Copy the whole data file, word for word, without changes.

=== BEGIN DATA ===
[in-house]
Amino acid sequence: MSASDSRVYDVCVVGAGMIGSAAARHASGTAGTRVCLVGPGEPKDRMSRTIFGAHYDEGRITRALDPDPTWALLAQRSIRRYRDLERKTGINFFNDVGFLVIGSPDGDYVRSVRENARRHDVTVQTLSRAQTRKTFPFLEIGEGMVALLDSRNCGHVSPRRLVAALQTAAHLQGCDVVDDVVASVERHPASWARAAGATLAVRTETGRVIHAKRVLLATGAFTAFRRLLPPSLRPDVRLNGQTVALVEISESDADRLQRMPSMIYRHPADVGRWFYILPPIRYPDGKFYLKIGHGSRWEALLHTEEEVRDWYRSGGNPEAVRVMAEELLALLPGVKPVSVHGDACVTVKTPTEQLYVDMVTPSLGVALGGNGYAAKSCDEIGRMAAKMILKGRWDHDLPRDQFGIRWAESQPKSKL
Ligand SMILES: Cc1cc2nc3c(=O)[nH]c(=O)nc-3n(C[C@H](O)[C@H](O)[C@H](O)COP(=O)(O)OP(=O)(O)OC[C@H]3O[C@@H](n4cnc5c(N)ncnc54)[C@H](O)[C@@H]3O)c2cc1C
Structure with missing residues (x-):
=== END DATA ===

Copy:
[in-house]
Amino acid sequence: MSASDSRVYDVCVVGAGMIGSAAARHASGTAGTRVCLVGPGEPKDRMSRTIFGAHYDEGRITRALDPDPTWALLAQRSIRRYRDLERKTGINFFNDVGFLVIGSPDGDYVRSVRENARRHDVTVQTLSRAQTRKTFPFLEIGEGMVALLDSRNCGHVSPRRLVAALQTAAHLQGCDVVDDVVASVERHPASWARAAGATLAVRTETGRVIHAKRVLLATGAFTAFRRLLPPSLRPDVRLNGQTVALVEISESDADRLQRMPSMIYRHPADVGRWFYILPPIRYPDGKFYLKIGHGSRWEALLHTEEEVRDWYRSGGNPEAVRVMAEELLALLPGVKPVSVHGDACVTVKTPTEQLYVDMVTPSLGVALGGNGYAAKSCDEIGRMAAKMILKGRWDHDLPRDQFGIRWAESQPKSKL
Ligand SMILES: Cc1cc2nc3c(=O)[nH]c(=O)nc-3n(C[C@H](O)[C@H](O)[C@H](O)COP(=O)(O)OP(=O)(O)OC[C@H]3O[C@@H](n4cnc5c(N)ncnc54)[C@H](O)[C@@H]3O)c2cc1C
Structure with missing residues (x-):